Rating: 3 stars out of 5
It’s inevitable that David Fincher’s take on the Swedish-noir bestseller by Stieg Larsson would be compared to the original movie adaptation, done by Niels Arden Oplev.
The results are mixed; in some ways it’s superior to the Swedish version in terms of pacing and has a more authentic feel, but for some reason there’s a coda at the end of the movie that feels tacked on and formulaic, almost as if Fincher succumbed to Hollywood rules in order to make the story more digestible.
Once again, the story involves how disgraced reporter Mikael Blomkvist (Daniel Craig) is given a case by the aging patriarch Henrik Venger (Christopher Plummer), who wants to find out what happened to his niece Harriet almost 40 years back.
Essentially a locked room mystery on an island, Blomkvist enlists the help of Lisbeth Salander (Rooney Mara), the titular character who is tough as nails and street smarts who wouldn’t look out of place in a Goth concert. The two manage to unearth the truth behind the disappearance, which might link to a series of serial killings.
Fincher doesn’t dumb down the movie. Computer geeks will be pleased to see that Lisbeth knows how to hack and put together a database query at lightning speed, and it only takes a moment for him to establish how Lisbeth has a photographic memory.
Once the case is solved, however, it’s like some spirit (or studio head) intervened, and suddenly Lisbeth turns into this superspy, dressing up like a platinum blonde in order to get back at Blomkvist’s enemy; a Swedish millionaire who entrapped him and sued him for all he’s worth.
It’s all capped by a scene that just fails to capture what Lisbeth has been. Tough, unemotional, and who would be wary of any long term human relationship. Fincher makes her into an almost Julia Roberts wanna-be, and that’s hard to swallow for a movie that mostly swept one along. It’s like having a great meal and then having a dessert consisting of an overly sweetened cupcake.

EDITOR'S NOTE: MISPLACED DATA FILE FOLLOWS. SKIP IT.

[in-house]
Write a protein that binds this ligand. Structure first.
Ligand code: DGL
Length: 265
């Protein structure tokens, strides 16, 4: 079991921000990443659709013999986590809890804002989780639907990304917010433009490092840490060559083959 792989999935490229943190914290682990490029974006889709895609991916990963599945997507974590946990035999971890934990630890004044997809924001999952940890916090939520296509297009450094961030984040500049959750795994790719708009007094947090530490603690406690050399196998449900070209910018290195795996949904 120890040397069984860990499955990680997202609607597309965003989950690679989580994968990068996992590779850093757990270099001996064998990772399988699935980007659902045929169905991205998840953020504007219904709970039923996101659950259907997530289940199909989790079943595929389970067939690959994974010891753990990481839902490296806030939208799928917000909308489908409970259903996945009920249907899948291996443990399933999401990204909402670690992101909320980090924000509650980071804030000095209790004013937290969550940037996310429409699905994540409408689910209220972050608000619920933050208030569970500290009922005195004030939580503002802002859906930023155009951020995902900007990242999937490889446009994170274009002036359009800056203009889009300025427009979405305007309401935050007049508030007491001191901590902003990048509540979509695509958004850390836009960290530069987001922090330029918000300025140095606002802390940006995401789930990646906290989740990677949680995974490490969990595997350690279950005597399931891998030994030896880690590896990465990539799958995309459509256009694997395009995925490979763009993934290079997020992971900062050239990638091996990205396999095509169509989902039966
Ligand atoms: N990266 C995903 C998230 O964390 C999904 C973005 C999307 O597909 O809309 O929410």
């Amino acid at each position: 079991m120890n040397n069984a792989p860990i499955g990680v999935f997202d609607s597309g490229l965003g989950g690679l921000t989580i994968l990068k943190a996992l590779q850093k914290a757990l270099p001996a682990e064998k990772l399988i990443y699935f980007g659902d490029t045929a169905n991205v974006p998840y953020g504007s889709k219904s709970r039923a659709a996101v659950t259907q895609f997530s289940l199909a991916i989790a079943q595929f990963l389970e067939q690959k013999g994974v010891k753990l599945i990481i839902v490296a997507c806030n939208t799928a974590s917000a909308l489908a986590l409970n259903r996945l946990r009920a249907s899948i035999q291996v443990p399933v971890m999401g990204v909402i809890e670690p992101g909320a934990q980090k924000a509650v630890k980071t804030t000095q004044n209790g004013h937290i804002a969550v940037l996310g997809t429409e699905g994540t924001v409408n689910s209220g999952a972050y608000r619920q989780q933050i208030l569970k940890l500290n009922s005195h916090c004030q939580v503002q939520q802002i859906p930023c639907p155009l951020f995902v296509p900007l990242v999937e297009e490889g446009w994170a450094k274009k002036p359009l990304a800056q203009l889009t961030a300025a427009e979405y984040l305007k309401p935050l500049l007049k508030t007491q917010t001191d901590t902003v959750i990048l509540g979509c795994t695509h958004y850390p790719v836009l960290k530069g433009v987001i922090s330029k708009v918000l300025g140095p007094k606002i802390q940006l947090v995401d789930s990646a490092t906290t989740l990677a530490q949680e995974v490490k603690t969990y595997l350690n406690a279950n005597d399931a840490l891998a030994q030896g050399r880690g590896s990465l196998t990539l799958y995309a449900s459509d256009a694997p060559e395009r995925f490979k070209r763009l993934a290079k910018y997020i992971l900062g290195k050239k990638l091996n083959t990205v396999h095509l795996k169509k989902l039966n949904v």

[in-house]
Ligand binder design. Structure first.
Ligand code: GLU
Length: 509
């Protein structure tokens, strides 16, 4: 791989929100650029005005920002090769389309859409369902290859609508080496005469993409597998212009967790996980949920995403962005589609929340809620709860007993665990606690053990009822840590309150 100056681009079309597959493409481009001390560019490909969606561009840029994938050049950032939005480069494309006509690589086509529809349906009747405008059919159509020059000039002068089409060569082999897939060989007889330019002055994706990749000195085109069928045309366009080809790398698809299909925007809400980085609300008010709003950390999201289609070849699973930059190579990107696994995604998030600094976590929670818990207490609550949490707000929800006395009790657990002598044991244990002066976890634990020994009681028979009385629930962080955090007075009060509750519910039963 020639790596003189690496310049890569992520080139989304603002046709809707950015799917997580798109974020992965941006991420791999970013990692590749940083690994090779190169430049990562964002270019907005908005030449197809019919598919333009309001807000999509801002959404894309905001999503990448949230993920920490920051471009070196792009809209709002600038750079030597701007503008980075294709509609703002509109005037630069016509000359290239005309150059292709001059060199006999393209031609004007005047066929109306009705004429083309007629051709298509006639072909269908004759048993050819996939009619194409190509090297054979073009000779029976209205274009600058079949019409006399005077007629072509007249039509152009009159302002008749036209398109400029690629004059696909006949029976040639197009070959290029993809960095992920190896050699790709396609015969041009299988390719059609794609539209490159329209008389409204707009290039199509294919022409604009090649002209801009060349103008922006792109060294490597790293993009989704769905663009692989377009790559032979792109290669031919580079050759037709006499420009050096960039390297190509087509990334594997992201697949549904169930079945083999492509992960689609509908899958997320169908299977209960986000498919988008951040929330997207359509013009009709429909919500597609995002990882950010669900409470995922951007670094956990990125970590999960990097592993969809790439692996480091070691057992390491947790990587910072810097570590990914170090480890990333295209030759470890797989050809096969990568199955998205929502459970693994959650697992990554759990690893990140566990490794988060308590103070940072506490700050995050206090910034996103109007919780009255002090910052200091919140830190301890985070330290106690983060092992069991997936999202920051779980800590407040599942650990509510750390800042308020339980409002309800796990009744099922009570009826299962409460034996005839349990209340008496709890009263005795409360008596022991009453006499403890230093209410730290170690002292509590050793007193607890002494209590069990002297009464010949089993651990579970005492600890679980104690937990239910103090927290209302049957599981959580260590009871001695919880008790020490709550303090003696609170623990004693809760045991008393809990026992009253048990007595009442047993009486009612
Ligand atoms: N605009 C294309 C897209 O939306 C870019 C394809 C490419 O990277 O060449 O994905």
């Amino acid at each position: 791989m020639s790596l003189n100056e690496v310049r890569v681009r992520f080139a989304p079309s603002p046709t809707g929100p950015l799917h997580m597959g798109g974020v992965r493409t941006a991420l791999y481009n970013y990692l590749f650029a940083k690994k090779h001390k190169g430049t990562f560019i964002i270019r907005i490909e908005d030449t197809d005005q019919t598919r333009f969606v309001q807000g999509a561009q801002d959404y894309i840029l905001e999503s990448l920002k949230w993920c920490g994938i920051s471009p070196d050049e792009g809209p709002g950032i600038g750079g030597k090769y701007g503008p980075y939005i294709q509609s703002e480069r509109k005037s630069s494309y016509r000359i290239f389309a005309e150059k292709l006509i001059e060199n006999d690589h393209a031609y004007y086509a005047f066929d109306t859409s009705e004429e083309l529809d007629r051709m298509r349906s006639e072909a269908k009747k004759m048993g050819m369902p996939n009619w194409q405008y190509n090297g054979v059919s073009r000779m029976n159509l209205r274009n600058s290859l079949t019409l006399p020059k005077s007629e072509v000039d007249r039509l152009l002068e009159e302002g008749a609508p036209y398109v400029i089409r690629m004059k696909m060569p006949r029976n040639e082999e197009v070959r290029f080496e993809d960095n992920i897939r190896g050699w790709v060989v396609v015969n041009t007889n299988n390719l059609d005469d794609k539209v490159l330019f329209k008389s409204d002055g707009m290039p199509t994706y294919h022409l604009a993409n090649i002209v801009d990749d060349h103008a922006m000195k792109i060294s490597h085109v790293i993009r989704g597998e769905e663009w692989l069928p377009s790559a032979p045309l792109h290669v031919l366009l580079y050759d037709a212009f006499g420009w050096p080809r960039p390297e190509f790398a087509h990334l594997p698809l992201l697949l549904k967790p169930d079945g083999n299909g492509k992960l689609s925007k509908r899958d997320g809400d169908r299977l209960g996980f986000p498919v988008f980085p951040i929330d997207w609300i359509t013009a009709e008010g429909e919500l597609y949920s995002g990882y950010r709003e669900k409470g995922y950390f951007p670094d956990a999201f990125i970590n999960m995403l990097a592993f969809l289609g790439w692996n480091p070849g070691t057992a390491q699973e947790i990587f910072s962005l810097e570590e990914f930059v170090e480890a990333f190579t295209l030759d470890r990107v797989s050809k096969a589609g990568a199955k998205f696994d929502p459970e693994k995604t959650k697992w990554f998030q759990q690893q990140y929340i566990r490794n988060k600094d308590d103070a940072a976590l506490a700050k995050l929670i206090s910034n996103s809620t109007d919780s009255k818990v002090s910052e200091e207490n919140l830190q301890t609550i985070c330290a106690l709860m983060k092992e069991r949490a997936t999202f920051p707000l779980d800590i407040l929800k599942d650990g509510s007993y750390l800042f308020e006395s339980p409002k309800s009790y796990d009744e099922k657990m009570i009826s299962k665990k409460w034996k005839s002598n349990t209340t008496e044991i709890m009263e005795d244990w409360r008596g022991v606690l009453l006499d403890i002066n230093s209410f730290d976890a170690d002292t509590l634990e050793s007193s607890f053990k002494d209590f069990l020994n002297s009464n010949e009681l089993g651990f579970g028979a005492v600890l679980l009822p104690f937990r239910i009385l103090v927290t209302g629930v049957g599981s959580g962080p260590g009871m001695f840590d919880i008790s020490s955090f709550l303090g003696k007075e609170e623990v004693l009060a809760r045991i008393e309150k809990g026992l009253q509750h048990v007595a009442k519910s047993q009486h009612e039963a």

There are a couple of changes that also don’t sit well. The location of a key person has been changed, which makes the investigation less sturdy. Also, since everyone speaks in an English accent, when the investigators head to London the difference is hardly felt.
Some problems are also a result of the original source material. The hint of a biblical connection is never quite clear, and the confrontation between the investigators and the murderer feels perfunctory. There’s also some big plot-holes and assumptions around the whole case that don’t make much sense if you stop to think about it.
Rooney Mara does a fine job as Lisbeth, considering that Noomi Rapace’s role in the Swedish trilogy wasn’t an easy one to follow. In one of the film’s key scenes, Mara’s Lisbeth takes down her abusive guardian, she’s hard-edged and nasty, but with a more vulnerable side. Craig is deliberately overshadowed, but does manage to carry the more comedic moments of the film that manage to break up the intense story.
In certain respects, this is a good, but not great, adaptation of the book. It would have been almost perfect if Fincher had ended it after the end of the investigation, instead of pulling the film into “Mission Impossible” territory, and making Lisbeth Salander, surely one of the most intriguing and toughest women to hit the screen into a hybrid of "Alias'" Sydney Bristow and Julia Roberts. It’s still saved by Fincher’s fluid, breathless directing and great performances by the two main leads.